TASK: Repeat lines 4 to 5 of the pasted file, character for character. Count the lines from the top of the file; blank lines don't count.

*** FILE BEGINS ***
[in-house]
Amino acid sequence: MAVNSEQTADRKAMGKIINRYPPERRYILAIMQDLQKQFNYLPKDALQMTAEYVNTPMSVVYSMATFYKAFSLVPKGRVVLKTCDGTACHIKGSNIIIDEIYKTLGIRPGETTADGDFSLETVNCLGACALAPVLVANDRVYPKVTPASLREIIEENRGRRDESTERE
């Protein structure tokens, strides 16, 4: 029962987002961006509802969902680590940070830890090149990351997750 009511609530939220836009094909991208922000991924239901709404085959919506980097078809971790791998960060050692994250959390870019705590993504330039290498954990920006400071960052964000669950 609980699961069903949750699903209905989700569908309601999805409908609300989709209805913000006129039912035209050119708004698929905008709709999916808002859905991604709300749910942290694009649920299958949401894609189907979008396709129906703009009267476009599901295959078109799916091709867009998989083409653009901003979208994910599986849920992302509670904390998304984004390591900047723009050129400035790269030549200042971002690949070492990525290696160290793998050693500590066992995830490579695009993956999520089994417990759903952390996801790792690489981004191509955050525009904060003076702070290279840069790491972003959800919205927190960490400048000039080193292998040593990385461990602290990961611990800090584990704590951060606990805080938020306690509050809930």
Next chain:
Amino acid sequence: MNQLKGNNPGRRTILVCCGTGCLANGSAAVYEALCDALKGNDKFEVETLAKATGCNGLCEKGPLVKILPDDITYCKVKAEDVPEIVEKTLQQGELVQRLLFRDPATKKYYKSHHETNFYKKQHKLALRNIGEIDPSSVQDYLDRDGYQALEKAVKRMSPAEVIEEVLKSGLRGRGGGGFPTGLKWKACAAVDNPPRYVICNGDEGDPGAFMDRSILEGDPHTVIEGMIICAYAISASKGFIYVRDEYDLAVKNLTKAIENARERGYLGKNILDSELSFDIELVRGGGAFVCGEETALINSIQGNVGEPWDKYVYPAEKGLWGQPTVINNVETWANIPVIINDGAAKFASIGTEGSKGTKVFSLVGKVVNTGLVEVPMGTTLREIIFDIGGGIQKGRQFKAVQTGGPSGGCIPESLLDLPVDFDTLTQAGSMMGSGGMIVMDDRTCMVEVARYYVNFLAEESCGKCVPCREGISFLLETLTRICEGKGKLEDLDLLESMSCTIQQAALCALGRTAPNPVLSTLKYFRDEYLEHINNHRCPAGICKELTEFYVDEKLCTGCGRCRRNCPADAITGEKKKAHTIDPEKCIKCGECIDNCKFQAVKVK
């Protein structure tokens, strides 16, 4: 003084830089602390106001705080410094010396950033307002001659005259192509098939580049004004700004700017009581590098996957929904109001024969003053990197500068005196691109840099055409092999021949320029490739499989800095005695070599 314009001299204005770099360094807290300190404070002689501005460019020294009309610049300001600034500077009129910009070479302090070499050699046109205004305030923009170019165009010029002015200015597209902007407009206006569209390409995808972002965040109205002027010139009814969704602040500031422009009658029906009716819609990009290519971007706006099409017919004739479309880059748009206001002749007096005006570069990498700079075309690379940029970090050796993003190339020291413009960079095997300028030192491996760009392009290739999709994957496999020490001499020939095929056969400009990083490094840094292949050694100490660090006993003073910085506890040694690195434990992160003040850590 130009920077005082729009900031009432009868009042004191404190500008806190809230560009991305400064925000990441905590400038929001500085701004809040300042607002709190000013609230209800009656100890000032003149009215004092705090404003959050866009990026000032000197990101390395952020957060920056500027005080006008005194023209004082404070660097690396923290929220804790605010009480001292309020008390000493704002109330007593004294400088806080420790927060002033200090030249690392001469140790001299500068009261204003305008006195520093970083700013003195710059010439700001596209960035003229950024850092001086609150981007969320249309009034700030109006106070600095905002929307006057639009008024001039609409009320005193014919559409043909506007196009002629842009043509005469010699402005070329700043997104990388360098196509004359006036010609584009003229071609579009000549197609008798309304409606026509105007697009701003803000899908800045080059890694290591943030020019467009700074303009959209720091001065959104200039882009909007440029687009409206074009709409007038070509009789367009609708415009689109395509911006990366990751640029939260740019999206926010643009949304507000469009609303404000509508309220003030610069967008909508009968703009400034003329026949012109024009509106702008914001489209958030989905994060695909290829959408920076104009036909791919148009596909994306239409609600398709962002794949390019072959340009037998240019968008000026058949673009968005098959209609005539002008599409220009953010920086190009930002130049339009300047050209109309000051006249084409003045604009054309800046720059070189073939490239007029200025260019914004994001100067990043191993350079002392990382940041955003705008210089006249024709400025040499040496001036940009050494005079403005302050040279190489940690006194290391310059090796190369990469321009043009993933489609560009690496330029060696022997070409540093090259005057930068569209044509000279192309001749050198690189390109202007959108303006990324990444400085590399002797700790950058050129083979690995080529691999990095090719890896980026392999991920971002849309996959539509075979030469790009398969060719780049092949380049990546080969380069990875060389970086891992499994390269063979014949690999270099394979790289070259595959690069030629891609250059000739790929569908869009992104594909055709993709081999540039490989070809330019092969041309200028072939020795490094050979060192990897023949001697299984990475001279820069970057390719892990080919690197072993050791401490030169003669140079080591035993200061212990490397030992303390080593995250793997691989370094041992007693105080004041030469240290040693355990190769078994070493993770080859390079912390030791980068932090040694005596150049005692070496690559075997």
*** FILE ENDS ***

Next chain:
Amino acid sequence: MNQLKGNNPGRRTILVCCGTGCLANGSAAVYEALCDALKGNDKFEVETLAKATGCNGLCEKGPLVKILPDDITYCKVKAEDVPEIVEKTLQQGELVQRLLFRDPATKKYYKSHHETNFYKKQHKLALRNIGEIDPSSVQDYLDRDGYQALEKAVKRMSPAEVIEEVLKSGLRGRGGGGFPTGLKWKACAAVDNPPRYVICNGDEGDPGAFMDRSILEGDPHTVIEGMIICAYAISASKGFIYVRDEYDLAVKNLTKAIENARERGYLGKNILDSELSFDIELVRGGGAFVCGEETALINSIQGNVGEPWDKYVYPAEKGLWGQPTVINNVETWANIPVIINDGAAKFASIGTEGSKGTKVFSLVGKVVNTGLVEVPMGTTLREIIFDIGGGIQKGRQFKAVQTGGPSGGCIPESLLDLPVDFDTLTQAGSMMGSGGMIVMDDRTCMVEVARYYVNFLAEESCGKCVPCREGISFLLETLTRICEGKGKLEDLDLLESMSCTIQQAALCALGRTAPNPVLSTLKYFRDEYLEHINNHRCPAGICKELTEFYVDEKLCTGCGRCRRNCPADAITGEKKKAHTIDPEKCIKCGECIDNCKFQAVKVK